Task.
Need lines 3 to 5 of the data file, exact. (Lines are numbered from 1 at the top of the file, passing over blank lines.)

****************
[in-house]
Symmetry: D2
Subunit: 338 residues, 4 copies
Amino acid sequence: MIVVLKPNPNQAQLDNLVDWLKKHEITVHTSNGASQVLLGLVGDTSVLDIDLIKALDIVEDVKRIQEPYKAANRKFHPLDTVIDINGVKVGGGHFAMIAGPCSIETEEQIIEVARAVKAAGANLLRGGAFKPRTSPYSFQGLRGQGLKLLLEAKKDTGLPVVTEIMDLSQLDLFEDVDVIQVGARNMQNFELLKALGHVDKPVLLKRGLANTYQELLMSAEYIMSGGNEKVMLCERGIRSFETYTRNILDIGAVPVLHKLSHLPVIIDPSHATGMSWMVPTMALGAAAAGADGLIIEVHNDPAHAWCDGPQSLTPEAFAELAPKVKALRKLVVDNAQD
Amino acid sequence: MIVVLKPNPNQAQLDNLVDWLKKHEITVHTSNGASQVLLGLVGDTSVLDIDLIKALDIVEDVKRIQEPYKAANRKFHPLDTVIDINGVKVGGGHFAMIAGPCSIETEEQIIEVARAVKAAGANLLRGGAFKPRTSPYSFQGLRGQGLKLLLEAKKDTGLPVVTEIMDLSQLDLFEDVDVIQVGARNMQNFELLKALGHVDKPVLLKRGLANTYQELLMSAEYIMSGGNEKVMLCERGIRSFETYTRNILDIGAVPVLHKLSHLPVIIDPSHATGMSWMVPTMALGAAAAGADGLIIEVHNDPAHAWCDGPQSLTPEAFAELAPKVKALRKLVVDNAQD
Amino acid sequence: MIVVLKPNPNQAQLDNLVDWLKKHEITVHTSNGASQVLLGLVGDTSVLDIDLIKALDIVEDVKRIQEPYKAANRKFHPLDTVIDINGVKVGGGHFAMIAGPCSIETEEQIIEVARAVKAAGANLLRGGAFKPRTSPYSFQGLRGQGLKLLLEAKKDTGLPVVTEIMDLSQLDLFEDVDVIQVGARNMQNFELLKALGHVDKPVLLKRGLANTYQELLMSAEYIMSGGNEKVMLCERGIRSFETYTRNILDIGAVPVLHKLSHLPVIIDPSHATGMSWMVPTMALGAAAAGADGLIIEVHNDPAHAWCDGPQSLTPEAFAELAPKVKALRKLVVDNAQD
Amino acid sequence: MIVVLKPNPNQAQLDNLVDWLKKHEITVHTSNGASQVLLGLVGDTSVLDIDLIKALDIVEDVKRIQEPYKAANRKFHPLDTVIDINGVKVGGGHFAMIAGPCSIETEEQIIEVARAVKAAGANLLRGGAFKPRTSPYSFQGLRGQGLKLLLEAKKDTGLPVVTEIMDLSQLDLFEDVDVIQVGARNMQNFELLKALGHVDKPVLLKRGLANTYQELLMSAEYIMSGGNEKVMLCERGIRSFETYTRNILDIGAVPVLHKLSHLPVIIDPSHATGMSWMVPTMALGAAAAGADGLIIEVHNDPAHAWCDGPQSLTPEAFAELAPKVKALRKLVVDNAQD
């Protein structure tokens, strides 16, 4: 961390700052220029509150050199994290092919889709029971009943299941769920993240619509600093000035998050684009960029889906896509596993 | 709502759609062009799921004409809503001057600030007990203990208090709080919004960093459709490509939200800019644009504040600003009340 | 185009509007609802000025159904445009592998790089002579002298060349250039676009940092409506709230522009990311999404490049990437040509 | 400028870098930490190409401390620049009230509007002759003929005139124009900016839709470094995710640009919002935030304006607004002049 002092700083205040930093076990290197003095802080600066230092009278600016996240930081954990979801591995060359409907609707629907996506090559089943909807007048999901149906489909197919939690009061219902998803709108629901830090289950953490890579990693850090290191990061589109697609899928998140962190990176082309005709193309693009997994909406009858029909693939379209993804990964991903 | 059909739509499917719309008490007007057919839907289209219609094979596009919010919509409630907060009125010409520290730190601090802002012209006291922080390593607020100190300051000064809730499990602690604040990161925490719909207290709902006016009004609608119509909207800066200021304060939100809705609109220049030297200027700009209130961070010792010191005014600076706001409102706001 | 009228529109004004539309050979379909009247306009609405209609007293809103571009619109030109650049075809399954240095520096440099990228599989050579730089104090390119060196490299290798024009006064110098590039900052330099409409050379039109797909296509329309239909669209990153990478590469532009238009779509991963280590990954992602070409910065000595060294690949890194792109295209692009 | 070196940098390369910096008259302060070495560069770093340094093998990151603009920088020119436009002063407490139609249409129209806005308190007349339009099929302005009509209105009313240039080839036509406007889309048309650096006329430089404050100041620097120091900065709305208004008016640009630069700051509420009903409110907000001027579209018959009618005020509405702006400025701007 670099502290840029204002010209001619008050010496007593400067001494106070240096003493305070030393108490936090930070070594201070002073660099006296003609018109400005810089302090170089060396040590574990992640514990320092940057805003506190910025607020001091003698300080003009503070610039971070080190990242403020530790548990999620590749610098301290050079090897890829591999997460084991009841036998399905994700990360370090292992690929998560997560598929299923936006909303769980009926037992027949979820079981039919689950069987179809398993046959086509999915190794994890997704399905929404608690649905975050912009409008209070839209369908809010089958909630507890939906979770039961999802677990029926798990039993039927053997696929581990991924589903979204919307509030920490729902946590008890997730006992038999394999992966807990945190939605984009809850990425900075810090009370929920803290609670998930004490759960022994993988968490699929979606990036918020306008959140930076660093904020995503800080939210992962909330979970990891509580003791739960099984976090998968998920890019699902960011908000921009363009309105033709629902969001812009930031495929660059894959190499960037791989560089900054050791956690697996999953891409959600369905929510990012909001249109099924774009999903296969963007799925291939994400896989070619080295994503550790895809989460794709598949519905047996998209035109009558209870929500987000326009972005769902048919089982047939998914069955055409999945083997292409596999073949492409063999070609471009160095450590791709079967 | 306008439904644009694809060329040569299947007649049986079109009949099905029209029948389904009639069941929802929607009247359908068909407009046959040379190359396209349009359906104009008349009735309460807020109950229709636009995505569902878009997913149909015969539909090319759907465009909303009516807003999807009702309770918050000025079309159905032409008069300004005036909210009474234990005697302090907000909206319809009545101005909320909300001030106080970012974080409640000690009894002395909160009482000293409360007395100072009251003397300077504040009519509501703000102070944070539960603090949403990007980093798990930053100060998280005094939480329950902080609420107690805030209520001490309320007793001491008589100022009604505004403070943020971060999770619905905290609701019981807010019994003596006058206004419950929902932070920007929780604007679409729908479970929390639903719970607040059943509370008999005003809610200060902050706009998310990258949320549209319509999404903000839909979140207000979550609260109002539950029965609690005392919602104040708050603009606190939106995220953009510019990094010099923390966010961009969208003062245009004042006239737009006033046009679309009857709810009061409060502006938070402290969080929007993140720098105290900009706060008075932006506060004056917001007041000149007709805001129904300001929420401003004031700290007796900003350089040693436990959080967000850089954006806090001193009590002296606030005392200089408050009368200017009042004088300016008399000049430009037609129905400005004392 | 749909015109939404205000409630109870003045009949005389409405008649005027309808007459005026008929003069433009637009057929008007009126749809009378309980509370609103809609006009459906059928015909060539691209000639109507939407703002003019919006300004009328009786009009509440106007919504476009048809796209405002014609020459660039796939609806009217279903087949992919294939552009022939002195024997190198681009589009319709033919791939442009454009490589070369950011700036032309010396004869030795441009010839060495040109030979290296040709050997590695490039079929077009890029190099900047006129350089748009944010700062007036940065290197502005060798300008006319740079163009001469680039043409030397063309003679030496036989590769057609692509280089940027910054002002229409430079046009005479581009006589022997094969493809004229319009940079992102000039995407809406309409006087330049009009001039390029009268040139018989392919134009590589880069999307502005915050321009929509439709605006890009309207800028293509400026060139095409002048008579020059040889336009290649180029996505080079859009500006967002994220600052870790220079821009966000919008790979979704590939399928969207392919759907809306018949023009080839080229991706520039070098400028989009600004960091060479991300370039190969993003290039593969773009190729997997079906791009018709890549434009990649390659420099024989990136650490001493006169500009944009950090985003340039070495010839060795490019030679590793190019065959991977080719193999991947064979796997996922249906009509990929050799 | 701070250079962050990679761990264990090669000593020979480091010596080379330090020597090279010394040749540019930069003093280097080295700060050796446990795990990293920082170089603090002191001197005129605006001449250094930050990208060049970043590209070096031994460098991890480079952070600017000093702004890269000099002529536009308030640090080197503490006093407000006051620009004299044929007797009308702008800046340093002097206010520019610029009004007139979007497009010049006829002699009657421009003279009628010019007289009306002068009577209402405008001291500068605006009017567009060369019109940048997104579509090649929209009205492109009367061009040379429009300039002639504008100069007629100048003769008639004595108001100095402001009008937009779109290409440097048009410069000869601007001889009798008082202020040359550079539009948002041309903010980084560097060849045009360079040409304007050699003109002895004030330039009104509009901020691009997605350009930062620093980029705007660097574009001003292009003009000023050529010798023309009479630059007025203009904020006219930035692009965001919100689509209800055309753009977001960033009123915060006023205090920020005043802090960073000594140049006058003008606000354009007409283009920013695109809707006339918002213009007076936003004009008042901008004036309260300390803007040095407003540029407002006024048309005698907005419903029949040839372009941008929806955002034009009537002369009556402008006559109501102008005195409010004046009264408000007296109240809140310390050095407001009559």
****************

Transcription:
Subunit: 338 residues, 4 copies
Amino acid sequence: MIVVLKPNPNQAQLDNLVDWLKKHEITVHTSNGASQVLLGLVGDTSVLDIDLIKALDIVEDVKRIQEPYKAANRKFHPLDTVIDINGVKVGGGHFAMIAGPCSIETEEQIIEVARAVKAAGANLLRGGAFKPRTSPYSFQGLRGQGLKLLLEAKKDTGLPVVTEIMDLSQLDLFEDVDVIQVGARNMQNFELLKALGHVDKPVLLKRGLANTYQELLMSAEYIMSGGNEKVMLCERGIRSFETYTRNILDIGAVPVLHKLSHLPVIIDPSHATGMSWMVPTMALGAAAAGADGLIIEVHNDPAHAWCDGPQSLTPEAFAELAPKVKALRKLVVDNAQD
Amino acid sequence: MIVVLKPNPNQAQLDNLVDWLKKHEITVHTSNGASQVLLGLVGDTSVLDIDLIKALDIVEDVKRIQEPYKAANRKFHPLDTVIDINGVKVGGGHFAMIAGPCSIETEEQIIEVARAVKAAGANLLRGGAFKPRTSPYSFQGLRGQGLKLLLEAKKDTGLPVVTEIMDLSQLDLFEDVDVIQVGARNMQNFELLKALGHVDKPVLLKRGLANTYQELLMSAEYIMSGGNEKVMLCERGIRSFETYTRNILDIGAVPVLHKLSHLPVIIDPSHATGMSWMVPTMALGAAAAGADGLIIEVHNDPAHAWCDGPQSLTPEAFAELAPKVKALRKLVVDNAQD